5 Reasons To Upgrade to an Active Ribbon Microphone

The Active Future Is Now

At AEA, we design and build passive and active ribbon microphones. Some models — like the AEA R44 and R84 — have both passive and active versions. While both types of mics offer the same excellent and natural sound quality of a ribbon, there are five reasons we recommend using the active versions.

1. Active ribbon mics have greater output than passive microphones.

The custom Lehle transformer in our active mics gives +12dB of extra output over their passive counterparts. The R84A has +12dB more output than the passive R84 and the A440 has +18dB more output than the passive R44. When using colored preamps with less gain, these active mics offer greater flexibility when gain staging the preamp.

Passive designs require a special preamp — like the AEA RPQ3, RPQ500, and TRP3 models. These preamps ensure optimal performance for the microphone. Unlike many modern preamps with low gain and impedance, these specially designed units provide adequate and quiet gain and high enough impedance for ribbon microphones.

2. They have less audible noise.

The more gain a preamp gives, the more noise is added to the audio path. A passive microphone requires more gain and has a higher self-noise decibel rating than its active counterpart. For quiet and distant sources, this can be a problem when using preamps with 65dB or less gain. Cranking a passive mic up through a low gain preamp may have a negative effect on the signal-to-noise ratio.

Because active mics have more output and require less gain from a preamp, you will not have to completely rely on the preamp to establish a low-noise signal.

3. They can be used with any preamp.

For newer ribbon users or bands on the road, active microphones are more attractive due to their simplicity and flexibility. Active mics, like the highly compact NUVO N22 and N8 models, and the supercardioid KU5A, are preamp agnostic. These mics work with any preamp without the user having to worry about the sound changing in a negative way due to gain level and the impedance of the preamp. The same JFET technology used in AEA’s preamps is incorporated into the active mics. This essentially pairs the microphone to the most optimum preamp front-end possible while always ensuring the full sonic potential of the microphone. With active ribbons, preamps are out of sight and out of mind.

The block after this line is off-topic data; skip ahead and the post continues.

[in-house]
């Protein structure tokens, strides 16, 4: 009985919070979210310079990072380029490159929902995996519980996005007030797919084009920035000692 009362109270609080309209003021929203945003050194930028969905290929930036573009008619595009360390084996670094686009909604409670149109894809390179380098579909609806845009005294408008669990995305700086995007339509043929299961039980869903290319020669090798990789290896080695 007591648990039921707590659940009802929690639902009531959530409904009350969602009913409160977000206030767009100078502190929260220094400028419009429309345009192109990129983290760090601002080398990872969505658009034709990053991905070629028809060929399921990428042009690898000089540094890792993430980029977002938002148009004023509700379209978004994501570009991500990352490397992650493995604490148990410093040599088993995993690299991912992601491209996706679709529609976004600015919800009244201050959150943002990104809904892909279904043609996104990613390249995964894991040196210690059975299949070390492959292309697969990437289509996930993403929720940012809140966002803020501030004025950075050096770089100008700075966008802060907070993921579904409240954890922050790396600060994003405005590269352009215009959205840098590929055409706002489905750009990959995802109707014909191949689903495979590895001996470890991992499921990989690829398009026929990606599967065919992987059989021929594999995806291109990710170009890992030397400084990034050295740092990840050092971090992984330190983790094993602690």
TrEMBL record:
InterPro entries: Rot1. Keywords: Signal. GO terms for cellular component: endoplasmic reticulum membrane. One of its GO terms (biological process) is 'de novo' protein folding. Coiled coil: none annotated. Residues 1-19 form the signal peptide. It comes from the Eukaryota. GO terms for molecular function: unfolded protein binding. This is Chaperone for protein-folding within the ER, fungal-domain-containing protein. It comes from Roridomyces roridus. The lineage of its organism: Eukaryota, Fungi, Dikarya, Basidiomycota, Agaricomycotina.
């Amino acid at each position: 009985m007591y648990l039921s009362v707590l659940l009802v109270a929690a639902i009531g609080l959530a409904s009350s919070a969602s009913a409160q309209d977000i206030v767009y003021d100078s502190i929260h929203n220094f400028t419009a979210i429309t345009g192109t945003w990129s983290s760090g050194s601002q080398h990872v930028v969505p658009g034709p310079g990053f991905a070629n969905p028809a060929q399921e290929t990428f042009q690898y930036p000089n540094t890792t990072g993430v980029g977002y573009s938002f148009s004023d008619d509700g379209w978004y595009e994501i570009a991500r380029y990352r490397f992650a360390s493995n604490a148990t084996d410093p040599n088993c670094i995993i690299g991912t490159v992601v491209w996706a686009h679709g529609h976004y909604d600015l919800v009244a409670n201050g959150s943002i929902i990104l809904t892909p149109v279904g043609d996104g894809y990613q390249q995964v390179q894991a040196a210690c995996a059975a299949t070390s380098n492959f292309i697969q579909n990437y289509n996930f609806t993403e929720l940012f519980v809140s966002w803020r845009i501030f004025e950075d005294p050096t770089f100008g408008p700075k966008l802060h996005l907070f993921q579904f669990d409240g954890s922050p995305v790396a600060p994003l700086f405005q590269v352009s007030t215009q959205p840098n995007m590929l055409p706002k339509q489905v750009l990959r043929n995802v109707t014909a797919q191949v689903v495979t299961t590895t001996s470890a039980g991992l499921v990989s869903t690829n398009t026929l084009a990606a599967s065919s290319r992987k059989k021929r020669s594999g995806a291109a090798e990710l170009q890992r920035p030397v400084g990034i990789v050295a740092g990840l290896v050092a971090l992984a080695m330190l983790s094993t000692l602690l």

4. They are more protected against noise from long cable runs.

In certain instances, long cable runs of over 100 feet from a passive ribbon mic to a preamp can cause noise issues as well as impedance problems. On scoring stages, often times the preamps are in the recording space near the microphones and musicians minimizing this interference. This isn’t always a practical solution. Active mics do not have this problem because of their built-in electronics.

5. Phantom-power will not hurt them.

Finally, with active mics, the ribbon element is protected from phantom power since the mic demands 48 volts to operate. The old warnings about phantom power are not relevant with active circuitry.

Phantom power can hurt a passive ribbon mic if it is engaged while the ground pin shorts to either the positive or negative pin on the XLR. Instead of picking up sound, the microphone then becomes a speaker. This damages the ribbon element, requiring its replacement. Damage to the ribbon can also occur when hot patching on the input of a TRS patch bay while phantom power is engaged.

In almost every instance, the active circuitry in AEA ribbons is a significant upgrade to a passive microphone. If an active option exists, go for it!

Tricks of the Trade
Active Vs Passive Ribbons: What’s the Difference?
Tricks of the Trade
R44C vs A440: What’s the Difference?
Tricks of the Trade
R84 vs. R84A: Passive and Active Siblings